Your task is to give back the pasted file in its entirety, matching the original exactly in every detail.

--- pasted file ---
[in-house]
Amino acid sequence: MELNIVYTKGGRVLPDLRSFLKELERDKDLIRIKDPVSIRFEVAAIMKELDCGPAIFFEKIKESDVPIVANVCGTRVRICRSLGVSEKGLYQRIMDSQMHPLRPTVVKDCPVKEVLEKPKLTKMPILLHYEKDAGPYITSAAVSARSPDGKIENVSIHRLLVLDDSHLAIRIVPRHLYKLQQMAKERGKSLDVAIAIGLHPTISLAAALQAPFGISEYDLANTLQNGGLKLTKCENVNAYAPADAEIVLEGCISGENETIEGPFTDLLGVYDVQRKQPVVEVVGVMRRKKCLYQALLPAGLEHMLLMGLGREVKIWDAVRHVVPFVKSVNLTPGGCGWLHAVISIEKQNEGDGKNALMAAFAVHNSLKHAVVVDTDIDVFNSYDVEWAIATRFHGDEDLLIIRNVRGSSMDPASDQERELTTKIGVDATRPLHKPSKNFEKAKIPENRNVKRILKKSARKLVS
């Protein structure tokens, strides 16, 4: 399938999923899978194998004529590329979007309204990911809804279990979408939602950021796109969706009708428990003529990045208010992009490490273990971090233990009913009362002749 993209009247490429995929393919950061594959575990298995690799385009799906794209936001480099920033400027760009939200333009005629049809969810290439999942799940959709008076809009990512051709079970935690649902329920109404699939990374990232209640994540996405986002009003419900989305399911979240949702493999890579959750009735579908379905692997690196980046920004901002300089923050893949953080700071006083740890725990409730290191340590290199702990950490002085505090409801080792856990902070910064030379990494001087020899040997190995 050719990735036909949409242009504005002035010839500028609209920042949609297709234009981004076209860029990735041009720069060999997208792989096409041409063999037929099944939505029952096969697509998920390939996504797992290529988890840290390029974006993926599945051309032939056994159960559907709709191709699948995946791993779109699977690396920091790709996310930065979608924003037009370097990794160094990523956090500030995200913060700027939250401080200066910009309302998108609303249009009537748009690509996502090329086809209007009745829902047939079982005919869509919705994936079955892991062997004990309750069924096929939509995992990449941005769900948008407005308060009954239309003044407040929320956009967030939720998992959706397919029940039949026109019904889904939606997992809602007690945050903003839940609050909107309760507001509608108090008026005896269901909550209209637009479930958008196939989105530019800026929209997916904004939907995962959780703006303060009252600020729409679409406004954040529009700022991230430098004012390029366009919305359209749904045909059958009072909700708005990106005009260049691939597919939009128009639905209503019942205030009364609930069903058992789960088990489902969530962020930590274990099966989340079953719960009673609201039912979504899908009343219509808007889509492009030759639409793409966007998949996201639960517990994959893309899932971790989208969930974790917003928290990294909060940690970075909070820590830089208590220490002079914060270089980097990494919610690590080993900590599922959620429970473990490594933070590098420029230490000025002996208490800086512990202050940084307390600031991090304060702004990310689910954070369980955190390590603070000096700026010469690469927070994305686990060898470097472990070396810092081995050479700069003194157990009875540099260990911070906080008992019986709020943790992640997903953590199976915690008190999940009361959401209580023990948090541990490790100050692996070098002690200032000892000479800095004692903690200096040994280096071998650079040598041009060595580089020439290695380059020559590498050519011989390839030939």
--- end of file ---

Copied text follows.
[in-house]
Amino acid sequence: MELNIVYTKGGRVLPDLRSFLKELERDKDLIRIKDPVSIRFEVAAIMKELDCGPAIFFEKIKESDVPIVANVCGTRVRICRSLGVSEKGLYQRIMDSQMHPLRPTVVKDCPVKEVLEKPKLTKMPILLHYEKDAGPYITSAAVSARSPDGKIENVSIHRLLVLDDSHLAIRIVPRHLYKLQQMAKERGKSLDVAIAIGLHPTISLAAALQAPFGISEYDLANTLQNGGLKLTKCENVNAYAPADAEIVLEGCISGENETIEGPFTDLLGVYDVQRKQPVVEVVGVMRRKKCLYQALLPAGLEHMLLMGLGREVKIWDAVRHVVPFVKSVNLTPGGCGWLHAVISIEKQNEGDGKNALMAAFAVHNSLKHAVVVDTDIDVFNSYDVEWAIATRFHGDEDLLIIRNVRGSSMDPASDQERELTTKIGVDATRPLHKPSKNFEKAKIPENRNVKRILKKSARKLVS
């Protein structure tokens, strides 16, 4: 399938999923899978194998004529590329979007309204990911809804279990979408939602950021796109969706009708428990003529990045208010992009490490273990971090233990009913009362002749 993209009247490429995929393919950061594959575990298995690799385009799906794209936001480099920033400027760009939200333009005629049809969810290439999942799940959709008076809009990512051709079970935690649902329920109404699939990374990232209640994540996405986002009003419900989305399911979240949702493999890579959750009735579908379905692997690196980046920004901002300089923050893949953080700071006083740890725990409730290191340590290199702990950490002085505090409801080792856990902070910064030379990494001087020899040997190995 050719990735036909949409242009504005002035010839500028609209920042949609297709234009981004076209860029990735041009720069060999997208792989096409041409063999037929099944939505029952096969697509998920390939996504797992290529988890840290390029974006993926599945051309032939056994159960559907709709191709699948995946791993779109699977690396920091790709996310930065979608924003037009370097990794160094990523956090500030995200913060700027939250401080200066910009309302998108609303249009009537748009690509996502090329086809209007009745829902047939079982005919869509919705994936079955892991062997004990309750069924096929939509995992990449941005769900948008407005308060009954239309003044407040929320956009967030939720998992959706397919029940039949026109019904889904939606997992809602007690945050903003839940609050909107309760507001509608108090008026005896269901909550209209637009479930958008196939989105530019800026929209997916904004939907995962959780703006303060009252600020729409679409406004954040529009700022991230430098004012390029366009919305359209749904045909059958009072909700708005990106005009260049691939597919939009128009639905209503019942205030009364609930069903058992789960088990489902969530962020930590274990099966989340079953719960009673609201039912979504899908009343219509808007889509492009030759639409793409966007998949996201639960517990994959893309899932971790989208969930974790917003928290990294909060940690970075909070820590830089208590220490002079914060270089980097990494919610690590080993900590599922959620429970473990490594933070590098420029230490000025002996208490800086512990202050940084307390600031991090304060702004990310689910954070369980955190390590603070000096700026010469690469927070994305686990060898470097472990070396810092081995050479700069003194157990009875540099260990911070906080008992019986709020943790992640997903953590199976915690008190999940009361959401209580023990948090541990490790100050692996070098002690200032000892000479800095004692903690200096040994280096071998650079040598041009060595580089020439290695380059020559590498050519011989390839030939």